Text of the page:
Rewild the Child is a new home daycare business dedicated to creating smart, sensitive and self-sufficient kids. It encourages outdoor play and imparting environmental stewardship.
Working parents in Metro Lansing looking for unique, value-added daycare services have two new options to choose from. Globe hoppers looking to raise little world citizens can enroll their tots in Au Bonheur des Enfants, a new French language immersion home daycare business led by a native French speaker, while those hoping to raise self-sufficient, eco-minded stewards of the planet can choose a daycare devoted to rugged individualism — and getting messy.
“Most daycares are just focused on trying to be preschools, and they’ll set a curriculum designed to get kids ready,” said Markie Cochran, referring to kindergarten.
Cochran is the founder of Rewild the Child Home Daycare in northwest Lansing. “That may be what parents think they want, but toddlers just need to play. My philosophy is to incorporate learning into play without interrupting them and allowing them to be outdoors as much as they want.”
And this summer at least, that’s meant getting dirty. Rewild the Child features an outdoor play area with a “mud kitchen,” a tire obstacle course, a sandbox, a chicken coop, and a handmade wooden play structure with two slides. There’s also a garden that kids can help tend. Cochran encourages them to help her in the kitchen preparing snacks and meals that come, in part, from that garden.
“There’s a lot of math in baking, and even though it’d be easier if I cook without them, I use it as a learning opportunity,” Cochran said. “I leave it up to the kids to find their own way to keep busy, and they can be as wild as they want as long as they’re being safe and (respectful) of others.”
Cochran’s business model was inspired by a variety of child-centric theories, including the Montessori method, Reggio Emilia, Waldorf, and nature-based programs. It’s also based in part on a book she read called “It’s OK Not to Share,” which
posits that humans are inherently selfish and that inhibiting that reflex only creates an atmosphere of punishment.
Cochran said she doesn't do timeouts, just a "a lot of distracting and removing" kids from situations in they could find conflicts.
“When you don’t make them share, you let them see how it feels to be left out, and I’ve found that that actually makes them want to share more. It’s at least way less of an issue. It’s funny because my kid is the hardest one.”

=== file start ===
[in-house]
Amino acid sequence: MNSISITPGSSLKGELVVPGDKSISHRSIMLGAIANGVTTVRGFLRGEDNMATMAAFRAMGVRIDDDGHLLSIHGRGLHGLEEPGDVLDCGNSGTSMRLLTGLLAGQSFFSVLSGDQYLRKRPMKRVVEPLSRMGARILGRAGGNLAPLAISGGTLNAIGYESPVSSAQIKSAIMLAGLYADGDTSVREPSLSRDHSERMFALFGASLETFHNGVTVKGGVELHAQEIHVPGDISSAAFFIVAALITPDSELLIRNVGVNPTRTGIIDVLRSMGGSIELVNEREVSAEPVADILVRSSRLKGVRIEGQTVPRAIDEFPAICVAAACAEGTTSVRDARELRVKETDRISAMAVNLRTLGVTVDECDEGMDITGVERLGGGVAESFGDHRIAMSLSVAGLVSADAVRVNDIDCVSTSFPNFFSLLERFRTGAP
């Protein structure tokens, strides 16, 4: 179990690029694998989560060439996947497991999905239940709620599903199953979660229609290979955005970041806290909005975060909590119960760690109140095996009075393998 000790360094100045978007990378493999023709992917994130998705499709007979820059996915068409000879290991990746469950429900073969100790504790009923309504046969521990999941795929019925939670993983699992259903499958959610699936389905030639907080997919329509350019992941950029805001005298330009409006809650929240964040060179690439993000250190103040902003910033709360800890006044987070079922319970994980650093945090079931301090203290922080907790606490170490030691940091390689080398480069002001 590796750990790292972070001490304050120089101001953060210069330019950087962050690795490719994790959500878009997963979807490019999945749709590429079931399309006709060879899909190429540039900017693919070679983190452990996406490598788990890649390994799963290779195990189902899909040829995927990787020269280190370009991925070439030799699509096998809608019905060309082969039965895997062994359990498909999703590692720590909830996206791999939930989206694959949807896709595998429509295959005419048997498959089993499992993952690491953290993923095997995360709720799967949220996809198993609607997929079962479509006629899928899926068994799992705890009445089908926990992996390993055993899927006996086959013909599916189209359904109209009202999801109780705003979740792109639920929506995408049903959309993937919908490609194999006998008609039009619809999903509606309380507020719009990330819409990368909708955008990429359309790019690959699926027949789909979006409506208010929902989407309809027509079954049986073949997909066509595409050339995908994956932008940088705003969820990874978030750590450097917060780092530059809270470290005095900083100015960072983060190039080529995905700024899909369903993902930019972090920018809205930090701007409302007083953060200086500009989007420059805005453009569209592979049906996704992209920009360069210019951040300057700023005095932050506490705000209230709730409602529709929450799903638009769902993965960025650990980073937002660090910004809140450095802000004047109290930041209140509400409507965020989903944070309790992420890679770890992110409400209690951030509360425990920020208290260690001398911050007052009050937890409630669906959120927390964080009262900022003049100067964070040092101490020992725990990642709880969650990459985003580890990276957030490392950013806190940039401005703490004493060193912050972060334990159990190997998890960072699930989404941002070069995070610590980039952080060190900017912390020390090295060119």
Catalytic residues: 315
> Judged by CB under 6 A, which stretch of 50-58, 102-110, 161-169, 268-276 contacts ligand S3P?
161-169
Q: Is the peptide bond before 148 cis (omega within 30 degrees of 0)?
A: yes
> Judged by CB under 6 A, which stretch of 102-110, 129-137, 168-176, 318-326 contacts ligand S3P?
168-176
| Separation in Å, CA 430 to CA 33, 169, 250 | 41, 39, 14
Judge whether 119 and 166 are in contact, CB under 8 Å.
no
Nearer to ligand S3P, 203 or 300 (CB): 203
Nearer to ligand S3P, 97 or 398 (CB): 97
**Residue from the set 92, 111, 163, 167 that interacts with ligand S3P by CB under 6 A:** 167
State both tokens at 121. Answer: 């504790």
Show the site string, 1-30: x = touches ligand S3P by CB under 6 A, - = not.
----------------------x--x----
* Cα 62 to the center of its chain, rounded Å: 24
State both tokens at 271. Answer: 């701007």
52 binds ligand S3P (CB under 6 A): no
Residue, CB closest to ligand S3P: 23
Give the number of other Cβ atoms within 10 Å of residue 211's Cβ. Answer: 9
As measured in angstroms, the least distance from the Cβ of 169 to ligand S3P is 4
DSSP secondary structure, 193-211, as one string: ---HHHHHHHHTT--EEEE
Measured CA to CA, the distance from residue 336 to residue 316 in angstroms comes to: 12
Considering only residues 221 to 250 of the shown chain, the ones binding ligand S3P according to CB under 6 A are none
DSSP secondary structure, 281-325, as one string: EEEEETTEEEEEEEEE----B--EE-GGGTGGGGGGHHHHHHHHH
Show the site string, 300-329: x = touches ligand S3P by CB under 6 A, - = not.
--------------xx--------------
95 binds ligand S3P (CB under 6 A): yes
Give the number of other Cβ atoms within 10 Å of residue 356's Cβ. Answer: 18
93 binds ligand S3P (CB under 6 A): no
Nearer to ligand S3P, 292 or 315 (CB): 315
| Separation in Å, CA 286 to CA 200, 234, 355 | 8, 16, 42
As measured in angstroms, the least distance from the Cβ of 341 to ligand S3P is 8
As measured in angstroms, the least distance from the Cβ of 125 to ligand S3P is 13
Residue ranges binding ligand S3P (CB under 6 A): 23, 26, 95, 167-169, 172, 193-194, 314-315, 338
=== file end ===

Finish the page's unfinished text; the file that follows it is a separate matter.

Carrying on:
The idea for Rewild the Child came to Cochran when she was looking for a daycare for her son. Cochran is a trained doula, but re-entered the 9-to-5 workforce three years ago after her son was born and she realized the on-call lifestyle was too disruptive. None of the daycares fit what she wanted for him, so she decided to channel her ideas into a daycare that put equal emphasis on engaging with nature, organic nutrition, arts and crafts, fitness activities, and self-sufficiency.
“The only rules are that if it’s not hurting someone or you, it’s OK,” Cochran said.
“Kids are wild — they’re animal. Society tries to tame them way too much, but being calm, sitting in a seat and focusing on the same thing that everyone else is focusing on goes against kids’ nature. I let them be loud as they want, unless it’s naptime.”
Rewild the child can accommodate up to six children, which for the next three years at least will include Cochran’s son. Right now she has only one opening, but anticipates an expansion if business stays good.
“It would be nice to be able to move out to the country eventually, to get more wild with it,” Cochran said. “I could offer a lot more being in a rural setting, and the cool thing about Lansing is how close we are to rural areas. But I’m still figuring out if people want this. My customers are all very happy, and I feel lucky that they find value in what I do. I’m eager to see how it grows.”
Meanwhile, Au Bonheur des Enfants —
a French phrase meaning “to the happiness of children" — is a French language immersion home daycare on the city’s east side.
Founder Khadija Ouahidi said Au Bonheur offers a play-based learning environment for children newborns to 4-year-olds. Ouahidi, a French native, said she loves her culture and is passionate about sharing it with Metro Lansing families.
“Studies show that exposing a child to a foreign language at an early age helps them develop a variety of skills that help learning,” Ouahidi said. “Children who learn a second language are better equipped to communicate and adapt their interactions with people of different cultural backgrounds and perspectives. It also gives them an edge to develop a multifaceted perspective of the world.”
Ouahidi moved to Lansing in 2015 from England where she’d been working as a nanny. Like Rewild the Child, Au Bonheur des Enfants encourages play-based learning, with a focus on organic snacks and individualistic expression.
“Each child has their own pace and personality,” Ouahidi said. “We just help them bring out the best in themselves by getting them started on a journey to a bilingual life, with all the joys that will bring.”
Au Bonheur can accommodate up to 12 kids, with eight slots currently open. Ouahidi said none of her four students are speaking French yet — she’s only had them for a month — but is confident that it’s only a matter of time.
“They’re starting to understand me,” Ouahidi said. “So that’s the first step.”
Rewild the Child Home Daycare 2905 Mildred St., Lansing 6:30 a.m.-5:30 p.m. Monday - Friday; closed Saturday-Sunday (517) 331-5088, rewildthechilddaycare.com
Au Bonheur des Enfants 2809 Tammany Ave., Lansing 7:30 a.m.-5:30 p.m. Monday Friday; closed Saturday-Sunday (517) 402-9790, facebook.com/ daycare201